Journal of Energy Markets

Applying well-specified quantitative models in energy forecasting and hedging continues to be challenging. Even well-established approaches require careful adaptations. In this issue of The Journal of Energy Markets we see the practical importance of advanced modeling techniques across four distinct application areas. Looking at oil derivatives, the integration of regional spot oil markets, electricity spikes and the linkage of the carbon price to prices in the main energy markets, the value of adapting generalized autoregressive conditional heteroscedasticity (GARCH) volatility modeling, regime-switching, copula and conditional correlation models is empirically demonstrated.The first paper in the issue, "Hedging crude oil derivatives in GARCH-type models" by Tak Kuen Siu, Roy Nawar and Christian-Oliver Ewald, undertakes an extensive investigation into the empirical performance of hedging strategies based on Delta and Delta-Gamma for crude oil options in a GARCH model environment. Particular attention is paid to studying the impacts of the conditional heteroscedasticity and the conditional nonnormality of the GARCH innovations on the option prices and the performance of these hedging strategies. The value-at-risk and the expected shortfall are appropriately assessed on the terminal values. The hedging results show that GARCH with shifted gamma innovations systematically outperforms the benchmark models (namely, GARCH with normal innovations and the Black-Scholes-Merton model).

The issue's second paper, "Extreme dependence of China's and the world oil market: empirical evidence and implications" by Xiaoqian Wen, Yu Wei and Dengshi Huang, presents an international focus on the implications of China's increasing dependence on oil imports. The paper examines the extreme dependence between global oil markets and the Chinese oil market through the use of time-varying copulas. Looking at Daqing (China), WTI (the United States), Brent (North Sea), Dubai (Middle East) and Minas (Asia-Pacific) spot oil prices, the authors observe that the dynamic conditional correlation Student t copula effectively describes the dependence structure. The authors subdivide their sample period (2007-11) into three subperiods and find that extreme dependence increases more during periods of global economic recession.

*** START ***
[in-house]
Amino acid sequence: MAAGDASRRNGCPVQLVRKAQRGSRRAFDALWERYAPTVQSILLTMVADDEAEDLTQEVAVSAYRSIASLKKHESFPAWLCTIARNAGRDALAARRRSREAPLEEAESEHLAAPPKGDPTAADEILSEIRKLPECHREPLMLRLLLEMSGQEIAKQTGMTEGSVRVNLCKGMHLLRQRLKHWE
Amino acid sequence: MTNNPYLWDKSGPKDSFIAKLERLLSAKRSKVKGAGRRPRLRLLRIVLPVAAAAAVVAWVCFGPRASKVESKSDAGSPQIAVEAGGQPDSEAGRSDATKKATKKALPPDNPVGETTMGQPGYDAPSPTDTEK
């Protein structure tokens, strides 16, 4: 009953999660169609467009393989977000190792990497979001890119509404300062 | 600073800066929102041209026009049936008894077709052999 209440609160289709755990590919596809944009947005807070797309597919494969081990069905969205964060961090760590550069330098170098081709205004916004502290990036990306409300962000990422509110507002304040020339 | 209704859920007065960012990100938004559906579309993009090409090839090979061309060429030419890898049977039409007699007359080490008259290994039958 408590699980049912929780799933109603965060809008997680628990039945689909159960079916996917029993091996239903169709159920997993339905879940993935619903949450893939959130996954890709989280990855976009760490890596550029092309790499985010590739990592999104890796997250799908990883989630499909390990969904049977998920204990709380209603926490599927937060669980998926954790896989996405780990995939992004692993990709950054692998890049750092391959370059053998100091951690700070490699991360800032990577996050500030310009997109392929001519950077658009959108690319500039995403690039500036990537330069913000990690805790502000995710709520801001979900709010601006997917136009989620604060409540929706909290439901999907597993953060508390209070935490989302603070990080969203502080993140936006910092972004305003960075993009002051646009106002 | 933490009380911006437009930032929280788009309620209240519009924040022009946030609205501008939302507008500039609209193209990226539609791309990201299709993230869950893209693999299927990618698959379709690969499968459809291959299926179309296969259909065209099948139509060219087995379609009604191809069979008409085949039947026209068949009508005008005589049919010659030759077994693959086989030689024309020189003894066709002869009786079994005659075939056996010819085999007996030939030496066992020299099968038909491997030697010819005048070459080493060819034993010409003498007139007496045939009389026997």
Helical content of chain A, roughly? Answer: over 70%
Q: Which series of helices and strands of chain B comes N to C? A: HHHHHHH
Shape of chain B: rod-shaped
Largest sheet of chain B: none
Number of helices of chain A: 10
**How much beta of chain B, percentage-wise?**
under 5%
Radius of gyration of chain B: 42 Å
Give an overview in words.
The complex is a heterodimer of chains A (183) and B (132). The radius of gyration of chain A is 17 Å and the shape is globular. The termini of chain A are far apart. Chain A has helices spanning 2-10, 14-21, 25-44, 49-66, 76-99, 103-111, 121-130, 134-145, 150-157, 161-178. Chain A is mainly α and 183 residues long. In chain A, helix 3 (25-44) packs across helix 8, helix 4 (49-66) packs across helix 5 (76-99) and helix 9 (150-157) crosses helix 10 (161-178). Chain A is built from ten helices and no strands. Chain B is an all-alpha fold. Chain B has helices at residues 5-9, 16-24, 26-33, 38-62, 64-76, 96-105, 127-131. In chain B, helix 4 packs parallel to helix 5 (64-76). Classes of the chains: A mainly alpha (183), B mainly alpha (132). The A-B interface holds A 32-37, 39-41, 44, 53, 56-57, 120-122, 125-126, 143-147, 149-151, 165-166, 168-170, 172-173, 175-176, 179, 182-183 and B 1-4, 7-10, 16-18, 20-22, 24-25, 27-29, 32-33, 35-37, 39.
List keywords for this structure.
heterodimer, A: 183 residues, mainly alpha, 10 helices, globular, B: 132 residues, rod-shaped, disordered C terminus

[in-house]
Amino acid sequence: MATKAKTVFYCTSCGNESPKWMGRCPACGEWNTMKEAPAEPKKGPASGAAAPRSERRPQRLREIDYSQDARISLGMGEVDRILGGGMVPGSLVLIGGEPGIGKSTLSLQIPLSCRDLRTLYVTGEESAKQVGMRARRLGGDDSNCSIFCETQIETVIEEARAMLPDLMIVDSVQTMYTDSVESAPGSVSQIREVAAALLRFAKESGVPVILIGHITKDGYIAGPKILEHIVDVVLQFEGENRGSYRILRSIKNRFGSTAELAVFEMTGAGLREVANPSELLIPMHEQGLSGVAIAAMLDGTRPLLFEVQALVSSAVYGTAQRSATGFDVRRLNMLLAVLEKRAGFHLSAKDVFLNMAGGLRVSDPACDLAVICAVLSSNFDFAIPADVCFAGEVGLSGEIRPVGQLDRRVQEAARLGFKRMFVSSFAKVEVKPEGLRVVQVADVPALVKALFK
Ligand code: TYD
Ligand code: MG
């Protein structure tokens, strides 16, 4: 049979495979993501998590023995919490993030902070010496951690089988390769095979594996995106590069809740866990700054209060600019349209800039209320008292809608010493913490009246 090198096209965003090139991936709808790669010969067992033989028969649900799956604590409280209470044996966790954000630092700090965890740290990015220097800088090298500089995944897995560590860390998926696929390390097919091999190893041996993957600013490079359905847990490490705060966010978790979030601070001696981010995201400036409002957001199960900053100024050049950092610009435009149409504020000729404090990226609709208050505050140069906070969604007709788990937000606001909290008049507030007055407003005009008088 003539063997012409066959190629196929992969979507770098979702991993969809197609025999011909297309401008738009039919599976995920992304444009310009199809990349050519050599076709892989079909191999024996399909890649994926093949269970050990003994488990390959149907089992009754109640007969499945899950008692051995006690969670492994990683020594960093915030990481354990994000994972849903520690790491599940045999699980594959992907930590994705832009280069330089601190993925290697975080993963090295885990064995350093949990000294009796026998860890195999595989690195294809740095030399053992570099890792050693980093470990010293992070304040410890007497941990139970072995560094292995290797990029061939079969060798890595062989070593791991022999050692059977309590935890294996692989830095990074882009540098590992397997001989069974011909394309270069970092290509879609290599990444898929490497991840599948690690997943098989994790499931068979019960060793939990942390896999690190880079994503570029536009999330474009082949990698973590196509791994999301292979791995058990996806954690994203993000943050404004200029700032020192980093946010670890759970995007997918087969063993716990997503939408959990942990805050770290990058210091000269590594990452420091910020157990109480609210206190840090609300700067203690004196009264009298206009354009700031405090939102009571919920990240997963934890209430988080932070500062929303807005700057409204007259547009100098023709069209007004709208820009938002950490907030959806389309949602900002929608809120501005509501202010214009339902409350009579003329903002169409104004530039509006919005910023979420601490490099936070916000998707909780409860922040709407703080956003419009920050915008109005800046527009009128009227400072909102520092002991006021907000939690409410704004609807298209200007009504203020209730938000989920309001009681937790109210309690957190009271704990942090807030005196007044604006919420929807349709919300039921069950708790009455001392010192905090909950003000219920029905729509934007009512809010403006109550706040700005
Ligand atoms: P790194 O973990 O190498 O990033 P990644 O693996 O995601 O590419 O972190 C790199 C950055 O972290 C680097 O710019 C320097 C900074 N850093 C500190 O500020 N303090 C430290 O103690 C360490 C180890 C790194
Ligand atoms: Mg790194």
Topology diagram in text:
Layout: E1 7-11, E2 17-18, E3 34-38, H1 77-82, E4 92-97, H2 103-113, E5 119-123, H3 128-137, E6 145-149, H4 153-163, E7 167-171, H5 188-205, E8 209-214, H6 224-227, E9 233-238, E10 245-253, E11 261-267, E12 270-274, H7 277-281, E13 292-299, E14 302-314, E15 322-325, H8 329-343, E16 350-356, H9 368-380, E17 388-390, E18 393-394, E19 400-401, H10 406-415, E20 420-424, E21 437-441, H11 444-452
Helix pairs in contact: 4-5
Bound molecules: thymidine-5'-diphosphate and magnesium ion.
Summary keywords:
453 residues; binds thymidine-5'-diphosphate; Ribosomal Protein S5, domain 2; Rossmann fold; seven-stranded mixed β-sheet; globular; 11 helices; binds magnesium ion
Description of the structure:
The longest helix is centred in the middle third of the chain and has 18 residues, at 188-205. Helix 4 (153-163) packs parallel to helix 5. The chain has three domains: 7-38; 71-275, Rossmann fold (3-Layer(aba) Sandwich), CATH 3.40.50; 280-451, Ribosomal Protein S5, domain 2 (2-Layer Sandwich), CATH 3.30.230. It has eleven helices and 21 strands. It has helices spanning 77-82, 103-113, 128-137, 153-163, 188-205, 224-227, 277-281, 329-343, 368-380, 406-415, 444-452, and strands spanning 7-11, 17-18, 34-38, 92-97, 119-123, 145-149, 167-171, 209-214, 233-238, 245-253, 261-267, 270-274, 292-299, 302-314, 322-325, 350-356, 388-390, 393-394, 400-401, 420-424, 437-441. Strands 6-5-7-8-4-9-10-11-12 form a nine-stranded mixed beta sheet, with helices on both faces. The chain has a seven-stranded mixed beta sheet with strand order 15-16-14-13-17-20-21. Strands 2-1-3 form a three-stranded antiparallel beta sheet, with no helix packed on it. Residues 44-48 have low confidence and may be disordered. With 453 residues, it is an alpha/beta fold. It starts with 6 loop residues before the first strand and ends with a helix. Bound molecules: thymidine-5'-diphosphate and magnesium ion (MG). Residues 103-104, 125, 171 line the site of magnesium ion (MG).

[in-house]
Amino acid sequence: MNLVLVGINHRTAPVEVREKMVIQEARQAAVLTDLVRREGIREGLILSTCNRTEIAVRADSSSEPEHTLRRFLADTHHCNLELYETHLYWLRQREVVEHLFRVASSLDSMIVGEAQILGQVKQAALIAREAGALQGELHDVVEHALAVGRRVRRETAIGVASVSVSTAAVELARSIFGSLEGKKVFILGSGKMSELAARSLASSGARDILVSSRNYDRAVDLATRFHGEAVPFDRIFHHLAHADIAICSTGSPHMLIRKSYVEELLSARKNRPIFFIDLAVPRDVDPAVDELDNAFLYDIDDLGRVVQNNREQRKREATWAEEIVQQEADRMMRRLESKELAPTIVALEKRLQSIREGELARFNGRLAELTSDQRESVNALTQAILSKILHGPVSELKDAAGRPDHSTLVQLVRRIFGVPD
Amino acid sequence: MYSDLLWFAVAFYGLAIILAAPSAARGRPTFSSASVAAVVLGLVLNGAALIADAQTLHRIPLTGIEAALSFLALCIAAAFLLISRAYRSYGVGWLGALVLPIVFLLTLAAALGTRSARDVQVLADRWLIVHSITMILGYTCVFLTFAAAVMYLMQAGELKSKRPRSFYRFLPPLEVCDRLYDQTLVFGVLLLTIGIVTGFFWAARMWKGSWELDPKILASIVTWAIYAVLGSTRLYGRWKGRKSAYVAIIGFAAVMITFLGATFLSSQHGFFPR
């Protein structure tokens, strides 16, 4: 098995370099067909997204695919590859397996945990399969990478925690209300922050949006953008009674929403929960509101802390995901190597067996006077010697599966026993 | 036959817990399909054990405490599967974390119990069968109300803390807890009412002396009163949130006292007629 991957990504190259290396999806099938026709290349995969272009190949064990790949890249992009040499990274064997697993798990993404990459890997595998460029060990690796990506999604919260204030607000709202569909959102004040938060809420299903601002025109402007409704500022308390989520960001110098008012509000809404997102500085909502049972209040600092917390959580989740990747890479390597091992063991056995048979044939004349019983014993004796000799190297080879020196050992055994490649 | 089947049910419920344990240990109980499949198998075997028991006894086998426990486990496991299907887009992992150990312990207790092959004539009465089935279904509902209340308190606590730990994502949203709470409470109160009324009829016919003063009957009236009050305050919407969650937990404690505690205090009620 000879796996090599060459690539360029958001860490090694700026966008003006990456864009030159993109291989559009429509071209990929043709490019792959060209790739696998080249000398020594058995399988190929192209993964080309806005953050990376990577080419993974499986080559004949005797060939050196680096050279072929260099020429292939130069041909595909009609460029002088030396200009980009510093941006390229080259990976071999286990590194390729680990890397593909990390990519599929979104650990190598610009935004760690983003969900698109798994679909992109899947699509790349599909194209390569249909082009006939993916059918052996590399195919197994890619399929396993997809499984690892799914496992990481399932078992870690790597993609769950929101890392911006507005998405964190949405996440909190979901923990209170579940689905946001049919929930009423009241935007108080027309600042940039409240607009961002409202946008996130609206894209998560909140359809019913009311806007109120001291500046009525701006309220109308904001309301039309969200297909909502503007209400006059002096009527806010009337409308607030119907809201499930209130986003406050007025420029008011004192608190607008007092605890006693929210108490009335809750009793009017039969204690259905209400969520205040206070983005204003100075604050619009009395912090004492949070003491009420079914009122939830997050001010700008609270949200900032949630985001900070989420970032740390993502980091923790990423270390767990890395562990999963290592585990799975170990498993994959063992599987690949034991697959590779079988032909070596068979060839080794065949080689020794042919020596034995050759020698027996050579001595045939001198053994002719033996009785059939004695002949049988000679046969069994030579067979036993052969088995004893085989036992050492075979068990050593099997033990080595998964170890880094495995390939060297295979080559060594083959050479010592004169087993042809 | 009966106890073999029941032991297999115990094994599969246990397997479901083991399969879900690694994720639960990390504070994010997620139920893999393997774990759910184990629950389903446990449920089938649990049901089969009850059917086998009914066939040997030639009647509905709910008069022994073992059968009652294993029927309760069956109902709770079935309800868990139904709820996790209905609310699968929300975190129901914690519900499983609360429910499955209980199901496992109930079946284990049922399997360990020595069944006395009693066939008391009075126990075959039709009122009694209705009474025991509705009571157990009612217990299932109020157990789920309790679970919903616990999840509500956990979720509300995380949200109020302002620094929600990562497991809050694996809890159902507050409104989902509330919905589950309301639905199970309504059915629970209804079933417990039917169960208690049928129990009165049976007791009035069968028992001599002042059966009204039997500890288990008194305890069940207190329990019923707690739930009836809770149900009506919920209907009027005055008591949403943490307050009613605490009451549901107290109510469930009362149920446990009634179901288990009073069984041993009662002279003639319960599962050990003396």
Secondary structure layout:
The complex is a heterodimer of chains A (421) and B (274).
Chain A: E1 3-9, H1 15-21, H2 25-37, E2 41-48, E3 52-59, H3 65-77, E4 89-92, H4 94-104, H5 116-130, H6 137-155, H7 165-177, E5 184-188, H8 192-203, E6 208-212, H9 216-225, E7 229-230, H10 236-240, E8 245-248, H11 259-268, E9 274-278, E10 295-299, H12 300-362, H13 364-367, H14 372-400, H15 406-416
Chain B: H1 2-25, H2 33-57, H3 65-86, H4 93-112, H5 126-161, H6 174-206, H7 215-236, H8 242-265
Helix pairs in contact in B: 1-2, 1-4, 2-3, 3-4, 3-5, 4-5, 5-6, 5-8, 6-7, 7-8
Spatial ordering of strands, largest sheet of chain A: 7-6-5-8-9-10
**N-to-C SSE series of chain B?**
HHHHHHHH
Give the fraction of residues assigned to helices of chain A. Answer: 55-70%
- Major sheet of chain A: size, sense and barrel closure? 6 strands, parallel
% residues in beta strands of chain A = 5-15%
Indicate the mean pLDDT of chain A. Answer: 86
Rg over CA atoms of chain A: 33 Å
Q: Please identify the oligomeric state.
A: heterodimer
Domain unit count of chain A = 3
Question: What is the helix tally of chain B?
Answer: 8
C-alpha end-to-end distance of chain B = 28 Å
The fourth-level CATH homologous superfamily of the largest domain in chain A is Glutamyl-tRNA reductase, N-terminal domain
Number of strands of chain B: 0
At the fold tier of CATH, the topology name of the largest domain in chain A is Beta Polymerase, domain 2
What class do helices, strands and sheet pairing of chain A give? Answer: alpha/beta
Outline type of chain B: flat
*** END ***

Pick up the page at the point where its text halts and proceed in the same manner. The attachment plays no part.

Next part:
Our third paper, "Models for short-term forecasting of spike occurrences in Australian electricity markets: a comparative study" by Michael Eichler, Oliver Grothe, Hans Manner and Dennis Tuerk, also looks at extreme observations but in the contextof intraday-frequency real-time electricity prices. The authors consider the problem of short-term, ie, half-hourly, forecasts of spike occurrence in the Australian electricity market and develop variations of a dynamic binary response model, extended to allow for regime-specific effects, as well as an autoregressive conditional hazard model. The proposed models use load forecasts and lagged log prices as exogenous variables, resulting in important recommendations for spike forecasting in practice.

Finally, in our fourth paper, "Carbon price volatility and financial risk management", Perry Sadorsky uses multivariate GARCH models to model conditional correlations between carbon prices, oil prices, natural gas prices and stock prices. Compared with the diagonal model or the dynamic conditional correlation model, the constant conditional correlation model is found to fit the data best and is used to generate hedge ratios and optimal portfolios. Carbon appears to be useful for hedging natural gas. Hedge ratios and optimal portfolio weights vary considerably over the sample period, however, indicating that financial positions should, as expected, be monitored frequently.

Overall, this issue of The Journal of Energy Markets presents many practical insights into using (empirically validated) advanced modeling techniques and demonstrates potential applications across a wide range of traded energy products.

Derek W. Bunn
London Business School

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